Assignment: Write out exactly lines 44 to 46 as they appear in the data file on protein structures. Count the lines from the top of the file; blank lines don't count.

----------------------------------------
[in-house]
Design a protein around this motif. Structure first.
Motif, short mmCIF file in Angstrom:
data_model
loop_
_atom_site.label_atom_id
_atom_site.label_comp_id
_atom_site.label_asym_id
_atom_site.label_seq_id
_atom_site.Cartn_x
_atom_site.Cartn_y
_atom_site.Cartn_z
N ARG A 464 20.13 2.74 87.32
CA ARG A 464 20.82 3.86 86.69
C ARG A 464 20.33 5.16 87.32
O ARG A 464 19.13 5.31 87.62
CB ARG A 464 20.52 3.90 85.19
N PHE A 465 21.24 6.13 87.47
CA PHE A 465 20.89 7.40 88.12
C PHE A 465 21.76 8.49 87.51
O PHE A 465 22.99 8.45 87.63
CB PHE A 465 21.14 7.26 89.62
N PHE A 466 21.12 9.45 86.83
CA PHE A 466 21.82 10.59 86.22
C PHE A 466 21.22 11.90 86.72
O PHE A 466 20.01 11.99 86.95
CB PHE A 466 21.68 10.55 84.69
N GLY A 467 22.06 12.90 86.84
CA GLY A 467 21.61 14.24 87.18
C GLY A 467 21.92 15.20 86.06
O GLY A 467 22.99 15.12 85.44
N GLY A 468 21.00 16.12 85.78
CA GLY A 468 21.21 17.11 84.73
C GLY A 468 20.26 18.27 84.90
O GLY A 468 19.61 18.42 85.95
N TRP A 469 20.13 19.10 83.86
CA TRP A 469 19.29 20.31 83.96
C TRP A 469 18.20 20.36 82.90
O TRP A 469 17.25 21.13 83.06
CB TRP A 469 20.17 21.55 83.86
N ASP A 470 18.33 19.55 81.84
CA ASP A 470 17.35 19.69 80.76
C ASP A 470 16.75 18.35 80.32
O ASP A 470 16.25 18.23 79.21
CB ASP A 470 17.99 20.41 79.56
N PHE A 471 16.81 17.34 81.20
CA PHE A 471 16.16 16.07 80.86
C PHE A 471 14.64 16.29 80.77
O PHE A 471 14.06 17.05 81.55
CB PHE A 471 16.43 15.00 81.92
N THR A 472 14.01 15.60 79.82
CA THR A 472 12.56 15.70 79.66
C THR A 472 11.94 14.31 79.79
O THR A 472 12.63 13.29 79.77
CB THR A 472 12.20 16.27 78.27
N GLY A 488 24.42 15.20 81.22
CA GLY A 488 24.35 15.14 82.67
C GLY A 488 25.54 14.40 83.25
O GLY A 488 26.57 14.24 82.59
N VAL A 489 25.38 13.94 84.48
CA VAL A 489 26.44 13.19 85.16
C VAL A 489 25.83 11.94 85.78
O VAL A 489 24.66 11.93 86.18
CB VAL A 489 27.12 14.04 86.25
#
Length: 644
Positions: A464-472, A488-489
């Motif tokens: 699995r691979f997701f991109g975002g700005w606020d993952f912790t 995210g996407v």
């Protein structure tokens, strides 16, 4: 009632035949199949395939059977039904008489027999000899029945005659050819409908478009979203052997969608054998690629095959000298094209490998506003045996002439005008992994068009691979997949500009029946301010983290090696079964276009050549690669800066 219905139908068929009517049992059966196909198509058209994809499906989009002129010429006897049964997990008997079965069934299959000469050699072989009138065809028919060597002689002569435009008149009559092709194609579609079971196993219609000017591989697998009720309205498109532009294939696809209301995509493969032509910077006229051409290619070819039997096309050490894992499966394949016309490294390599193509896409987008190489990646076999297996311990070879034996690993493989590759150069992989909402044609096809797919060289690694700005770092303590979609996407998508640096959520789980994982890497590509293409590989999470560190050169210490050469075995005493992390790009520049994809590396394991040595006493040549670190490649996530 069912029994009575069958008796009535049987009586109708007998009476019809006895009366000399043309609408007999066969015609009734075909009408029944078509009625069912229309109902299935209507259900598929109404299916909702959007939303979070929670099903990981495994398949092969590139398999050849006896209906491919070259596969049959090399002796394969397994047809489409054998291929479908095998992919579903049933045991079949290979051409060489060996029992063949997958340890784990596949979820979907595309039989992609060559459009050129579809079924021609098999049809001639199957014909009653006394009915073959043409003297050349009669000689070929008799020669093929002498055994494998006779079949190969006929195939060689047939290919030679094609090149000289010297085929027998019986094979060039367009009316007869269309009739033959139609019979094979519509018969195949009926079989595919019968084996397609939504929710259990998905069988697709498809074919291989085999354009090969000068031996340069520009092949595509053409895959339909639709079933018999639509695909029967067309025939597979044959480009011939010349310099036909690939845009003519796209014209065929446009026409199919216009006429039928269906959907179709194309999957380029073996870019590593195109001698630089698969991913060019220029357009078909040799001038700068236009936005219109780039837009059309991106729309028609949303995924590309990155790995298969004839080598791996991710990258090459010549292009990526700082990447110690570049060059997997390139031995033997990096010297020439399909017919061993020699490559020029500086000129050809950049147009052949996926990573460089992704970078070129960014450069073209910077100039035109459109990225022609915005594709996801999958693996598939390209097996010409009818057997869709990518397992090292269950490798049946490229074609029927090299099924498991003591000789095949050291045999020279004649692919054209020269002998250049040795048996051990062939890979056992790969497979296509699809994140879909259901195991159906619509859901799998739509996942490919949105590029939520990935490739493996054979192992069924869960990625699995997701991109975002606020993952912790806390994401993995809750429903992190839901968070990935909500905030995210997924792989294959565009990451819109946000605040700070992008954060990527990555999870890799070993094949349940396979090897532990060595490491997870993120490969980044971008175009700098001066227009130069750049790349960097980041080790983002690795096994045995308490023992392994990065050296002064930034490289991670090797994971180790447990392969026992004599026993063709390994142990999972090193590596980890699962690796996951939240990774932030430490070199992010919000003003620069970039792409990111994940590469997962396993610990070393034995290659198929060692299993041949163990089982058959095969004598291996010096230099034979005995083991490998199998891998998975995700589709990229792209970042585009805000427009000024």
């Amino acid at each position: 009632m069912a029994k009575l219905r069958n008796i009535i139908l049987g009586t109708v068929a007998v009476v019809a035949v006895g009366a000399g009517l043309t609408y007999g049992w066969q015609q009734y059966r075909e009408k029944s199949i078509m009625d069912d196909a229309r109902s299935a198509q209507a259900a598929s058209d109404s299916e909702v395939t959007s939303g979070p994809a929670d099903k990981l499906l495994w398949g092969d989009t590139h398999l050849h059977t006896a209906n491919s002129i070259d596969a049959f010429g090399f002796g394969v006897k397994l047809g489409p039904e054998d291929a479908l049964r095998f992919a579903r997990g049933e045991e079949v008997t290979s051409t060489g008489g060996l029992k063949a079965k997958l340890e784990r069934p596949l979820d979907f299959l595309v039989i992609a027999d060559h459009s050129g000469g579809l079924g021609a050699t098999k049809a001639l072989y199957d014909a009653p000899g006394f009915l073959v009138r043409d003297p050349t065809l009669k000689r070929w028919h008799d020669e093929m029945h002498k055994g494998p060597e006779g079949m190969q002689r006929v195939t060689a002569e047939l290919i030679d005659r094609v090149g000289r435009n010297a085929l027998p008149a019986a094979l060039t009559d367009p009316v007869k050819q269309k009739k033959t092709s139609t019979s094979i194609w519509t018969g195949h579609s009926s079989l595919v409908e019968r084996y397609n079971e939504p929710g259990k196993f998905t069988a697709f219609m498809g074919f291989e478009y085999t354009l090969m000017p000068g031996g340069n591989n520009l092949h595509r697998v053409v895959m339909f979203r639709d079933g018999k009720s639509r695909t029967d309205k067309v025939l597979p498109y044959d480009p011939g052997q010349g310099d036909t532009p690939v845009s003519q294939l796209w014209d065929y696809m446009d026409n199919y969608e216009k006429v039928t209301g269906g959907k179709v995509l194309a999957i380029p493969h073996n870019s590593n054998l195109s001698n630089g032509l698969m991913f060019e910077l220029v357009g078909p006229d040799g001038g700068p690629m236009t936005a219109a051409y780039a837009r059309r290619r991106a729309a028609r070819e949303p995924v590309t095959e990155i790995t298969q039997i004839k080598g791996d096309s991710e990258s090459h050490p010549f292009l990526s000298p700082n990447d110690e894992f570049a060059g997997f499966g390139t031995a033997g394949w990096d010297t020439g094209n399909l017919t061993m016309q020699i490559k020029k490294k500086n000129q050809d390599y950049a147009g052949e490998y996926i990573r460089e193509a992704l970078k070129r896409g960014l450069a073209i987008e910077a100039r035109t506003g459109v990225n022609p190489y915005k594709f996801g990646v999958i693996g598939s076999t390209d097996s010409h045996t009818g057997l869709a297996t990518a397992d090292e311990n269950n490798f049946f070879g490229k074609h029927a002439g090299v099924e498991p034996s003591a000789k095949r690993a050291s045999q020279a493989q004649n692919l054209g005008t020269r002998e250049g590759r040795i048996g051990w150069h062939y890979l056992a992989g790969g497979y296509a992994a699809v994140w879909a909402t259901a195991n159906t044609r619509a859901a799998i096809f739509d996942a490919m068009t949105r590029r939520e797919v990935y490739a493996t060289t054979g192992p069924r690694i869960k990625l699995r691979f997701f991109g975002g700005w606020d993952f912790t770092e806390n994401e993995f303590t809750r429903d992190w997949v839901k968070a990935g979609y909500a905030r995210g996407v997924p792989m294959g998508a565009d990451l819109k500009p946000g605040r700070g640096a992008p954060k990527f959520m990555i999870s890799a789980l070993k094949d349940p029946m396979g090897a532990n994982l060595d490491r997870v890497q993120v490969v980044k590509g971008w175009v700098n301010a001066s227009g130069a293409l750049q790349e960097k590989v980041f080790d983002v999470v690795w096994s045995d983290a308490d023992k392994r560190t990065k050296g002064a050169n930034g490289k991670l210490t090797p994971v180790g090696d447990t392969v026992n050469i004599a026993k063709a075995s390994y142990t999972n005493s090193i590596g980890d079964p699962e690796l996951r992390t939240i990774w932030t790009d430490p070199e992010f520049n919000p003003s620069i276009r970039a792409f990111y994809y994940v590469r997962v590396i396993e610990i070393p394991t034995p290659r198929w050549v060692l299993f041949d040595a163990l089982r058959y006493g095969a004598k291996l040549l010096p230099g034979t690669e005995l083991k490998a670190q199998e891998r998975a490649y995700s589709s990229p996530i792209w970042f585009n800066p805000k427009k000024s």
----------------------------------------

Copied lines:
O ASP A 470 16.25 18.23 79.21
CB ASP A 470 17.99 20.41 79.56
N PHE A 471 16.81 17.34 81.20